This year, I expect starts to mostly increase throughout the year (Q1 will probably be the weakest quarter, and Q2 the second weakest). The comparisons will be easy for the next few months, and starts should finish the year up double digits from 2013.
Below is an update to the graph comparing multi-family starts and completions. Since it usually takes over a year on average to complete a multi-family project, there is a lag between multi-family starts and completions. Completions are important because that is new supply added to the market, and starts are important because that is future new supply (units under construction is also important for employment).
These graphs use a 12 month rolling total for NSA starts and completions.
The blue line is for multifamily starts and the red line is for multifamily completions.
The rolling 12 month total for starts (blue line) has been increasing steadily, and completions (red line) are lagging behind - but completions will continue to follow starts up (completions lag starts by about 12 months).
This means there will be an increase in multi-family completions later this year and in 2015.
The second graph shows single family starts and completions. It usually only takes about 6 months between starting a single family home and completion - so the lines are much closer. The blue line is for single family starts and the red line is for single family completions.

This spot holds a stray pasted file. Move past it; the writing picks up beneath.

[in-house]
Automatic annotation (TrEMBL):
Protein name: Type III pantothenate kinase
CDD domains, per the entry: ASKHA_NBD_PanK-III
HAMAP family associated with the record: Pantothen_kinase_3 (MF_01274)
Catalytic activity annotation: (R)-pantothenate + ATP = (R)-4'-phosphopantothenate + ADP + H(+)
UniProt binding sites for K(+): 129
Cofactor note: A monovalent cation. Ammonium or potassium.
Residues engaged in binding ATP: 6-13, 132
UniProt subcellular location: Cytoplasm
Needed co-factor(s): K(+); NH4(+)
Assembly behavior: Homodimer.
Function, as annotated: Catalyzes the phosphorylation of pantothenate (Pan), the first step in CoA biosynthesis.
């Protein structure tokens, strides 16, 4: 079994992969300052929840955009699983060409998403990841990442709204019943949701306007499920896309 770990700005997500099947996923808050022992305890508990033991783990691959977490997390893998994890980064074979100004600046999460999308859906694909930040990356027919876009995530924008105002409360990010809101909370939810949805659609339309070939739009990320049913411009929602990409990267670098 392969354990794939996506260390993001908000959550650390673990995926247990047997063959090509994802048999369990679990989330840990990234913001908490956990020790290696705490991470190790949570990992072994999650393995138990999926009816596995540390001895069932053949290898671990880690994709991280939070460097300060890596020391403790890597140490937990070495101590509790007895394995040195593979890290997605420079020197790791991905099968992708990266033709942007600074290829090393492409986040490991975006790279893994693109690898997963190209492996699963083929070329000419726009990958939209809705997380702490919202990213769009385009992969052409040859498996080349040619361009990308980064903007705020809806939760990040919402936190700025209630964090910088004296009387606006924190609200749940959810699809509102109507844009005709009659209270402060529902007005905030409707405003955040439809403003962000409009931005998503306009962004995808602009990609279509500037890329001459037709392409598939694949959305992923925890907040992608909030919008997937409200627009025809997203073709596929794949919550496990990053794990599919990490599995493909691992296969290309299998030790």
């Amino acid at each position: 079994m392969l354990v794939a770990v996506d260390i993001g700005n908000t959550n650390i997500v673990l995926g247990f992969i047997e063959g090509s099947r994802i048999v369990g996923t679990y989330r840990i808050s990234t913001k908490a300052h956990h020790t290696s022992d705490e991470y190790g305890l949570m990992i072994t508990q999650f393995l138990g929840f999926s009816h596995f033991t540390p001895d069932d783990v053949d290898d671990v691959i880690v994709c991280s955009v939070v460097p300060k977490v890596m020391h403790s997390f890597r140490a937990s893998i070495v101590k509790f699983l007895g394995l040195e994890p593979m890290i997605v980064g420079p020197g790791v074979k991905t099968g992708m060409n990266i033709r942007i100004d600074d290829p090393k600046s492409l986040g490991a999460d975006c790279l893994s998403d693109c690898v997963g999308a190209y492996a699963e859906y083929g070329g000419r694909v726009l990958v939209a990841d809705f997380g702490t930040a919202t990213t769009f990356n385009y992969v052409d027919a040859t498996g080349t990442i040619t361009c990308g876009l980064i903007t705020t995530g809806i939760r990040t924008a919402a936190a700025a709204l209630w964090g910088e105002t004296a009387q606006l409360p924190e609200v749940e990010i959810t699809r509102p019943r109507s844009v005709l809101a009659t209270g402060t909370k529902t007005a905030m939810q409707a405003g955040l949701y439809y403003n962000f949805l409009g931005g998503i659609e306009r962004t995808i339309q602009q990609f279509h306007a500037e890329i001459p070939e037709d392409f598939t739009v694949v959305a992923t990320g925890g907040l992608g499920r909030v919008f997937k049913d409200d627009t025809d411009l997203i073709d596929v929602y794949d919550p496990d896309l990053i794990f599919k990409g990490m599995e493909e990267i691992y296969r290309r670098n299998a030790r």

Single family starts had been moving up, but recently starts have been moving sideways on a rolling 12 months basis.
Note the exceptionally low level of single family starts and completions. The "wide bottom" was what I was forecasting several years ago, and now I expect several years of increasing single family starts and completions.
by Bill McBride on 8/19/2014 08:30:00 AM
From the Census Bureau: Permits, Starts and Completions
Housing Starts:Click on graph for larger image.
Privately-owned housing starts in July were at a seasonally adjusted annual rate of 1,093,000. This is 15.7 percent above the revised June estimate of 945,000 and is 21.7 percent above the July 2013 rate of 898,000.
Single-family housing starts in July were at a rate of 656,000; this is 8.3 percent above the revised June figure of 606,000. The July rate for units in buildings with five units or more was 423,000.
Privately-owned housing units authorized by building permits in July were at a seasonally adjusted annual rate of 1,052,000. This is 8.1 percent above the revised June rate of 973,000 and is 7.7 percent above the July 2013 estimate of 977,000.
Single-family authorizations in July were at a rate of 640,000; this is 0.9 percent above the revised June figure of 634,000. Authorizations of units in buildings with five units or more were at a rate of 382,000 in July.
The first graph shows single and multi-family housing starts for the last several years.
Multi-family starts (red, 2+ units) increased in July (Multi-family is volatile month-to-month).
Single-family starts (blue) also increased in July.
The second graph shows total and single unit starts since 1968.
The second graph shows the huge collapse following the housing bubble, and that housing starts have been increasing after moving sideways for about two years and a half years.
This was well above expectations of 963 thousand starts in July. Note: Starts for June were revised higher too.
This was a solid report with starts up 21.7% year-over-year in July.